The Medical Minute: Making sense of nutrition labels

Deciphering a nutrition label can be overwhelming. However, it is important to get into the habit of reading labels if you want to eat healthy and make smart choices.

According to Shannon McNaul, a clinical dietitian at Penn State Milton S. Hershey Medical Center, unless shopping solely on the perimeter of the grocery store, where the most fresh, nutrient-dense foods are, shoppers have to read the label.

"The purpose of the nutrition label is to inform the public about what they're consuming; the exact amount of macro nutrients -- the fat, calories, carbohydrates and the protein -- so you are aware of what you're taking in and what you should be taking in," McNaul said.

Still, the numbers can be confusing. The percentages shown on labels are based on a standard 2,000 calorie-per-day intake, regardless of the consumer's sex or age. McNaul recommends going by grams and milligrams instead of percentages.

"The percentage is a good guideline, but everyone needs different calories," she said.

For some people it is a matter of doing the math and learning to adjust the numbers based on personal needs or goals.

There are a few key items most of us should pay attention to if we want to make smart food choices.

"For general health we want to choose foods that are lower in fat, lower in sodium, and have a decent amount of fiber in them," McNaul said. She also offers these tips:

1. Pay attention to the size and number of servings per container. The numbers that are on the food label only account for one serving and not the entire container. If you are planning to eat the entire container, you want to know if you are going to be getting double or triple the amount of the listed numbers.

2. Know how many calories are in each serving. Again, do the math if you are eating more than one.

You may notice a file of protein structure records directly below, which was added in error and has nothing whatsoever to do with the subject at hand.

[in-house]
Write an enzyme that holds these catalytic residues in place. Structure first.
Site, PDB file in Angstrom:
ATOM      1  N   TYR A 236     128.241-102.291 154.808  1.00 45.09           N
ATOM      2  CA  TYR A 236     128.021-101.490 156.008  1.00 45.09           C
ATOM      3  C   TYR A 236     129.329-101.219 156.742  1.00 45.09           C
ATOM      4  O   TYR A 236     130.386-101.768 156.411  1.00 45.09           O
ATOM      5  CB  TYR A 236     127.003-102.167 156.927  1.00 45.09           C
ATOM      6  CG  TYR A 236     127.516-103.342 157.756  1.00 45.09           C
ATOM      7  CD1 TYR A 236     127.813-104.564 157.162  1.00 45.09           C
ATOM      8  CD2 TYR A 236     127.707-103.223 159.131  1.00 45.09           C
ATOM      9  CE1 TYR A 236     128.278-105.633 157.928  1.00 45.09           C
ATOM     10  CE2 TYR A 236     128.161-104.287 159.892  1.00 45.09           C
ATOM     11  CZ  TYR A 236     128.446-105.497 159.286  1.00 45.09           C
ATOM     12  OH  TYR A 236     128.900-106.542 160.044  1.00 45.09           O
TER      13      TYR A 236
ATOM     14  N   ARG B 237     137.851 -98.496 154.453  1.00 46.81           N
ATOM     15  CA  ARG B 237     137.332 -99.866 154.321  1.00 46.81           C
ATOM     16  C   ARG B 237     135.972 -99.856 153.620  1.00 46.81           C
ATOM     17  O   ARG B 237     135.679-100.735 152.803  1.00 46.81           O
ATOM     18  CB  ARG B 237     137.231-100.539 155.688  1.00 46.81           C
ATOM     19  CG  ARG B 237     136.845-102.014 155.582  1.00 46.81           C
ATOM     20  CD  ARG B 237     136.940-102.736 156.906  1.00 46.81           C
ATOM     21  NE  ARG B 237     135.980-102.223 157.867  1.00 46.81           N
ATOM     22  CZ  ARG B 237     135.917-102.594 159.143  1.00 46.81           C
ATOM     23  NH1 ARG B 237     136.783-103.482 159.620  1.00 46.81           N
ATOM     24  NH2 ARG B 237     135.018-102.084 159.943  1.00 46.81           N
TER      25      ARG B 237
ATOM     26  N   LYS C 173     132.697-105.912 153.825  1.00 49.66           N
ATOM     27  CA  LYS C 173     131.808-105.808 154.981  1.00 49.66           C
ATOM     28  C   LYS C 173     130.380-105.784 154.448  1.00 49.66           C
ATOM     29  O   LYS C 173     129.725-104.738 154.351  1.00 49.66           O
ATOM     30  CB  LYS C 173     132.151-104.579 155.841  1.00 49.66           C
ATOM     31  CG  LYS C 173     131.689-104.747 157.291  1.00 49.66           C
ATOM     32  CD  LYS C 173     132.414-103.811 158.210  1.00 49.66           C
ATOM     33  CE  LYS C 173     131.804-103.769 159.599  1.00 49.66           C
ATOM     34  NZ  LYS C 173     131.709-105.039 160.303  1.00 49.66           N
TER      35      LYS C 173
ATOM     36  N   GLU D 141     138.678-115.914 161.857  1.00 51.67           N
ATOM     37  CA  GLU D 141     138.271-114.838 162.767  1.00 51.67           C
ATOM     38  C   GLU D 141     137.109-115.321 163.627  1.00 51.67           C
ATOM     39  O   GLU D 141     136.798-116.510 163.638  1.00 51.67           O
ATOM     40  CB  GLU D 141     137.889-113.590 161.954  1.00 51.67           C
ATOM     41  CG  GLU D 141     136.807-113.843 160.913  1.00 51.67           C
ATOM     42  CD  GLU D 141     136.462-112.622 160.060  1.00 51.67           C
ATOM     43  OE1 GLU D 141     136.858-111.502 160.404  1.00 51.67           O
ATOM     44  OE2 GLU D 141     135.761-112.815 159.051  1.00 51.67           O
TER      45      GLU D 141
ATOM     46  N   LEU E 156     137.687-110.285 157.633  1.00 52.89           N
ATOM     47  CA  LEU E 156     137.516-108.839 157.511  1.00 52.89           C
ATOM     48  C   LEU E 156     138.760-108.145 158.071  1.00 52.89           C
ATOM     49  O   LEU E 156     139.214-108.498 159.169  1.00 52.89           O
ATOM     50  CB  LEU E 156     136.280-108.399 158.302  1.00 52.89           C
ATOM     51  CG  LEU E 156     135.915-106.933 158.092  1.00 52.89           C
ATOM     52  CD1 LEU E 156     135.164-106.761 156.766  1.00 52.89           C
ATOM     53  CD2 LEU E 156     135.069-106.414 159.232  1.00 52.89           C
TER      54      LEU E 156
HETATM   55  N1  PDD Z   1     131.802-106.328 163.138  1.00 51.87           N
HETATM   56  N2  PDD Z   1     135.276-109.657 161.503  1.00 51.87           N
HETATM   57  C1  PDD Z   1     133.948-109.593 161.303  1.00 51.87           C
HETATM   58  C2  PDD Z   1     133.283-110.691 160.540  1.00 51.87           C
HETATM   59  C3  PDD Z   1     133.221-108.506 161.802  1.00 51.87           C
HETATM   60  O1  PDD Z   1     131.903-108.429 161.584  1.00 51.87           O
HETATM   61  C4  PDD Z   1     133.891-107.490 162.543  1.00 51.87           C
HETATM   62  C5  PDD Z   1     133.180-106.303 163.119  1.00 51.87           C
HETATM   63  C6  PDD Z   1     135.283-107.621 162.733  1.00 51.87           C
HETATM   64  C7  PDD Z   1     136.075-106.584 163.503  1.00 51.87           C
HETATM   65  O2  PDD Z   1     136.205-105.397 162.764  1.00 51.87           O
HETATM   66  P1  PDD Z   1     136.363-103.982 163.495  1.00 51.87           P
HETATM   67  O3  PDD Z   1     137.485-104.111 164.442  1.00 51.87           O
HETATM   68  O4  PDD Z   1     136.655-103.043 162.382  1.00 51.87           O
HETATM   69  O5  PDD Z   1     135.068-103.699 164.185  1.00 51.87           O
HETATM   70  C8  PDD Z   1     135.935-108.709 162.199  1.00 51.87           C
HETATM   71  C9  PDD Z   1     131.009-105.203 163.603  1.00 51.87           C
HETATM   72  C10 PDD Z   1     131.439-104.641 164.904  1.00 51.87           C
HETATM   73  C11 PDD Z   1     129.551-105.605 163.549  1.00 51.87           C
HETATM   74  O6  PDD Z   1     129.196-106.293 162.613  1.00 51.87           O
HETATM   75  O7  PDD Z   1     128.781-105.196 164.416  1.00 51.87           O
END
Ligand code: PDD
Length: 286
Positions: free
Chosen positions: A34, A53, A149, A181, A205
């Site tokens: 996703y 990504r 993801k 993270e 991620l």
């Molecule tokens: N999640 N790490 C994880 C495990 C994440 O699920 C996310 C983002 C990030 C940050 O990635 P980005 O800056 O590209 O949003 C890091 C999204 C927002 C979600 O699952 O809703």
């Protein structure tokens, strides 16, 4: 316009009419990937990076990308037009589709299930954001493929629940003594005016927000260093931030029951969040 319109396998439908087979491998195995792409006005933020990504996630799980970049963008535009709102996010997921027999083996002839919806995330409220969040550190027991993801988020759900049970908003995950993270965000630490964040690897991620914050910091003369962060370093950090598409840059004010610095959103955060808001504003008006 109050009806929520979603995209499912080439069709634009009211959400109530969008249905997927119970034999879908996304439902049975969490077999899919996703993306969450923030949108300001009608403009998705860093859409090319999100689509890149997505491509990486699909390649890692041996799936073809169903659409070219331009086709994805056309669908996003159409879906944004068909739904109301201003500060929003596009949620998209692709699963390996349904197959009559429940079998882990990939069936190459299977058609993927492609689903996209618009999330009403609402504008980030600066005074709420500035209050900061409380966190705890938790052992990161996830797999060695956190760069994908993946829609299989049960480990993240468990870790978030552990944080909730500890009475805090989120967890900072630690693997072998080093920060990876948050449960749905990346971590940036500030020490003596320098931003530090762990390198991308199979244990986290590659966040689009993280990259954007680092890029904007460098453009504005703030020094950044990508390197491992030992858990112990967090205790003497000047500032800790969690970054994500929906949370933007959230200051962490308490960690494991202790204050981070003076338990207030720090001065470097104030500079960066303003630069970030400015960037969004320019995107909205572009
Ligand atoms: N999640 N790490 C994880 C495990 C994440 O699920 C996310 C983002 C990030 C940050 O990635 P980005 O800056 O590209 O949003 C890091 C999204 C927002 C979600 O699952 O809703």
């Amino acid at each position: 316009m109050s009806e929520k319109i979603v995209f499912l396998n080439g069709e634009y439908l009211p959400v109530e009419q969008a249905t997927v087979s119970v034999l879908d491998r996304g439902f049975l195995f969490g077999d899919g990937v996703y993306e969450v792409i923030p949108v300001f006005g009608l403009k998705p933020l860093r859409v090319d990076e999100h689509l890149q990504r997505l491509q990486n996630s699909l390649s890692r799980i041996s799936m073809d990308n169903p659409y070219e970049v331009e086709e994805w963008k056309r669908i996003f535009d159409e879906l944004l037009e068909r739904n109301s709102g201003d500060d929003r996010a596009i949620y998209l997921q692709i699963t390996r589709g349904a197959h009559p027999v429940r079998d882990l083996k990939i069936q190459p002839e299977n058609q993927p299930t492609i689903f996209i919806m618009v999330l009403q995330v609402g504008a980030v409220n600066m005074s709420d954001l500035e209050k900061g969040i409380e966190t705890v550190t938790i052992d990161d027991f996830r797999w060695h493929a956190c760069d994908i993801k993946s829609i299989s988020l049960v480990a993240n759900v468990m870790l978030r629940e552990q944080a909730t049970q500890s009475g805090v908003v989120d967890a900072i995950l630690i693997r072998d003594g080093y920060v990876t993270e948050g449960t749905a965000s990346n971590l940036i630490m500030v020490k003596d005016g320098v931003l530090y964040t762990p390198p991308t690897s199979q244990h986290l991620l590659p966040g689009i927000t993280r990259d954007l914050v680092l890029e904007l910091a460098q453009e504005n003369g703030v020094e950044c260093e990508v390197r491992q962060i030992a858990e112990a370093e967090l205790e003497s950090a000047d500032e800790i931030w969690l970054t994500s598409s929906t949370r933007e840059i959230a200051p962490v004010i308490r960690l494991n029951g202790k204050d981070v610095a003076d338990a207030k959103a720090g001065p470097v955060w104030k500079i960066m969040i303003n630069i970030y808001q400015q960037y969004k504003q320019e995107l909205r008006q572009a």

3. Calculate the calorie-to-fat ratio. McNaul generally suggests a goal of less than five grams of total fat per serving. An ideal, low-fat option will have around three grams or less of fat per 100 calories. She recommends avoiding anything that has more than a gram of saturated fat per serving or more than a gram of trans fat.

4. Pay attention to the often-ignored sodium. It can be a big concern for cardiovascular patients and can lead to high blood pressure. In general, low-sodium foods have 140 mg or less per serving. Less than 200 mg per serving is a good choice, but avoid foods over 300 mg.

5. Don't forget the fiber. Fiber can have a good impact on making people feel full longer. McNaul recommends five grams of dietary fiber per serving to achieve a goal of 25 to 35 grams per day.

6. Do not forget the ingredients list and learn the lingo to translate the hidden additives. Just because sugar is not identified as an ingredient does not mean it is not there. Watch for terms like fructose and glucose. Sodium is rarely listed as sodium chloride or table salt, but instead monosodium glutamate (MSG) or biosodium phosphate. Trans fats are listed as hydrogenated or partially hydrogenated oils.

For more information, visit www.eatright.org or http://www.heart.org/HEARTORG/GettingHealthy/NutritionCenter/HeartSmartShopping/Reading-Food-Nutrition-Labels_UCM_300132_Article.jsp

The Medical Minute is a weekly health news feature brought to you by Penn State Milton S. Hershey Medical Center. Articles feature the expertise of Penn State Hershey faculty physicians and staff, and are designed to offer timely, relevant health information of interest to a broad audience.

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Last Updated April 17, 2013